DALK vs PK
Advantages for DALK include:
  1. Fewer problems with rejection - as explained above, the endothelial cell layer is the principal target for immune attack in corneal transplant rejection reactions. Leaving the original endothelial layer in place with a DLK avoids most rejection problems.
  2. Increased wound strength - the strength of the eye wall is greater after partial thickness (DALK) than after full thickness (PK) grafting techniques. Corneal sutures are typically removed within 1 year of DALK; whereas removal at 18 months or later is normal after PK.
Disadvantages for DALK include
  1. Reduced visual clarity - some visual clarity is lost as a result of light scatter at the interface between the transplant and the host tissue in all partial thickness corneal grafting techniques. The amount of any visual degradation is usually small (typically less than one line on the test chart), and often reduces with continued healing in the first year after transplantation.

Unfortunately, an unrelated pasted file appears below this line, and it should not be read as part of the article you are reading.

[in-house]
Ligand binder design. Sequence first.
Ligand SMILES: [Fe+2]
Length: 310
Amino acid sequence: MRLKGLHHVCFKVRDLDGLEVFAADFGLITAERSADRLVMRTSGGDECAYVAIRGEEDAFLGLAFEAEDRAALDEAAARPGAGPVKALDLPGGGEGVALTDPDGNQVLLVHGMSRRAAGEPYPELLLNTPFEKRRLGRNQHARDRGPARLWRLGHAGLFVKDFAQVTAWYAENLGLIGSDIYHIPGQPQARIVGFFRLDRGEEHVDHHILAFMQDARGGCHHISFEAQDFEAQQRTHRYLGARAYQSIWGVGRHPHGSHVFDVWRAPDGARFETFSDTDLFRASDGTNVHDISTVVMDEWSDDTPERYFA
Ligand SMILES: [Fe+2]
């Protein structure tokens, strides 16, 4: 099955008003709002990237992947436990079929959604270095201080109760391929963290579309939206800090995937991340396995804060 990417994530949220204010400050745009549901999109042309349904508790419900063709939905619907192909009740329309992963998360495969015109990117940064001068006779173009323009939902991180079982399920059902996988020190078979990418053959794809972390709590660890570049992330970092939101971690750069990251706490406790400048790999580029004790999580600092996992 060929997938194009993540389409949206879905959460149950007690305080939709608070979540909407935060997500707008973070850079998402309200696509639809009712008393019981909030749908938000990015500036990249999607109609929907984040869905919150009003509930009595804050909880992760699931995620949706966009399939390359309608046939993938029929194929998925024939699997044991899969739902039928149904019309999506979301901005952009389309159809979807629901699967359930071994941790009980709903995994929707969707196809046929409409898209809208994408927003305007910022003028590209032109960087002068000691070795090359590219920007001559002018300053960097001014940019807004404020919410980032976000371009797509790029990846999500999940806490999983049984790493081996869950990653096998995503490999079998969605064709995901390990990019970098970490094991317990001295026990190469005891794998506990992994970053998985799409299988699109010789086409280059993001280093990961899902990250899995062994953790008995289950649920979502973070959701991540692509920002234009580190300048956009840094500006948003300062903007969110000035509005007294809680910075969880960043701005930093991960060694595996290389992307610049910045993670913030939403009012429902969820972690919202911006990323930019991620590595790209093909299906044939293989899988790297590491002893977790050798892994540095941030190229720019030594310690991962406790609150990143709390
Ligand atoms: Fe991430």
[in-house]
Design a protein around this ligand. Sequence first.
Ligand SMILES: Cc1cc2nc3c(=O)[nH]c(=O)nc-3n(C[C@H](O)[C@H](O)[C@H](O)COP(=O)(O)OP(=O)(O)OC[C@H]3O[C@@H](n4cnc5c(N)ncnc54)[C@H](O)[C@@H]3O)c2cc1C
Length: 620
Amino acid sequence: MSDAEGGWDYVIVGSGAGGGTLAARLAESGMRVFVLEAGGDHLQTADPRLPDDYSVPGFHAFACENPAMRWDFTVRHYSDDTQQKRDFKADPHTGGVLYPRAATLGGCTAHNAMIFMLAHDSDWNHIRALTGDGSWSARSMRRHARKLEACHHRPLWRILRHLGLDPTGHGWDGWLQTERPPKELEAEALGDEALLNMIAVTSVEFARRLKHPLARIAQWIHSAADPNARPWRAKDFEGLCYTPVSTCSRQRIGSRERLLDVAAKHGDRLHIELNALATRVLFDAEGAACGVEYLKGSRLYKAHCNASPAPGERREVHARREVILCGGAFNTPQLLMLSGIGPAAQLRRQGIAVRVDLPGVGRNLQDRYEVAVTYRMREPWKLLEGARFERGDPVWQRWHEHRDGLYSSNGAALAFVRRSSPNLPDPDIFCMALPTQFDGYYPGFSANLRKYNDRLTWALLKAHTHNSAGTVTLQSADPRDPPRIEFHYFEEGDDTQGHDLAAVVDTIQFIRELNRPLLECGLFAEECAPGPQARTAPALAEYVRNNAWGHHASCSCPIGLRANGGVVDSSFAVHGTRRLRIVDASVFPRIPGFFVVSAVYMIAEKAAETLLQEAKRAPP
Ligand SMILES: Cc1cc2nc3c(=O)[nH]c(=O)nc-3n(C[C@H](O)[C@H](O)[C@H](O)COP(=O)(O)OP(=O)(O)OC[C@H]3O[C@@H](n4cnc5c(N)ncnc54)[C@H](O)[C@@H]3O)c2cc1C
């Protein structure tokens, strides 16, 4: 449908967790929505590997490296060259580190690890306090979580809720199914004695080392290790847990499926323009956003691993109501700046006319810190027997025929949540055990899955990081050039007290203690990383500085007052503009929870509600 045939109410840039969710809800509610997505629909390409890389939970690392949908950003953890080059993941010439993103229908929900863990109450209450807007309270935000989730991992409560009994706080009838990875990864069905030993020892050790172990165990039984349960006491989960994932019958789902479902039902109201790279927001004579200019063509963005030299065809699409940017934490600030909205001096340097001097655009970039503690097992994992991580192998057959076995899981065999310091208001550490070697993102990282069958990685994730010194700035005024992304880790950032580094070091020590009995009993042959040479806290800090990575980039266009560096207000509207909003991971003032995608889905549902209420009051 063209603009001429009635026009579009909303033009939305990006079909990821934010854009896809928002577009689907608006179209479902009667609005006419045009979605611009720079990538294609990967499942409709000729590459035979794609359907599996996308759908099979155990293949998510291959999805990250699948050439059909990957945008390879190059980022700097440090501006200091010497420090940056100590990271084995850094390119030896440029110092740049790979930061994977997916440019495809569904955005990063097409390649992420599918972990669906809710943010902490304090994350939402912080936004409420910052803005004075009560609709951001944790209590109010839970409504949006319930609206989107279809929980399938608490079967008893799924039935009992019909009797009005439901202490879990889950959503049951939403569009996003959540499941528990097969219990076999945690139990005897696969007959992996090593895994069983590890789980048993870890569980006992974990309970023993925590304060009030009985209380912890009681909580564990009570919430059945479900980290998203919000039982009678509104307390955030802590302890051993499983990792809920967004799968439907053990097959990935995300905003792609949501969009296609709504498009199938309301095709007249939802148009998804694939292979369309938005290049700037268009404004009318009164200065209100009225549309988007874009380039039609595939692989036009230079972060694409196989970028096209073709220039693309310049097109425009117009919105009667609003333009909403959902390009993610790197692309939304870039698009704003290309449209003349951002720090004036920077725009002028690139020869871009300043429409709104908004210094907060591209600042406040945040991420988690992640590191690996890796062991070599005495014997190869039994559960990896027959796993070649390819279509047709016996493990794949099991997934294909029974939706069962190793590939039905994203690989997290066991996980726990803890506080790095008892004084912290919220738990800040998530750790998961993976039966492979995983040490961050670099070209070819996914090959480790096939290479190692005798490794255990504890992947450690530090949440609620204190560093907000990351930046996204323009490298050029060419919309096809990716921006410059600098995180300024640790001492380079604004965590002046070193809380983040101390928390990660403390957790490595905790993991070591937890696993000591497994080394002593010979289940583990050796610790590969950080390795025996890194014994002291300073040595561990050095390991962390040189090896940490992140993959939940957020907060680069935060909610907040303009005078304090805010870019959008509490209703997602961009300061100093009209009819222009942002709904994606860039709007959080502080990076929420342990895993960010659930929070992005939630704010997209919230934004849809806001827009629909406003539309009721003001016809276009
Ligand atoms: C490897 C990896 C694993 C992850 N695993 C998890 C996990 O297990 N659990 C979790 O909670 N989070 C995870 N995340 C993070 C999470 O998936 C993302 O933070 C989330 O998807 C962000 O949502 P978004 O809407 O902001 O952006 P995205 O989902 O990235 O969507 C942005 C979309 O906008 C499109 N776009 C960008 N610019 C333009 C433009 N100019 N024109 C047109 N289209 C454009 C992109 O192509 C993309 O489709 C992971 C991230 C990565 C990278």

2. Technical difficulty - the thin layer required created during DALK is very delicate and breaks during surgery in around 1 in 8 patients. If the perforation in this layer is small, a DALK is usually still possible, although revision procedures are then sometimes required to remove fluid that may accumulate between the perforated endothelial support layer and the new graft. The alternative is to convert to a conventional PK during surgery. Perforation of the posterior endothelial support layer is more likely in patients with advanced keratoconus and a very steep corneal profile.
Summary
Both PK and DALK produce excellent results in keratoconus. DALK has safety advantages, but the chances of maintaining a clear graft after PK are very good. PK probably gives marginally superior visual results.


Recovery from eye surgery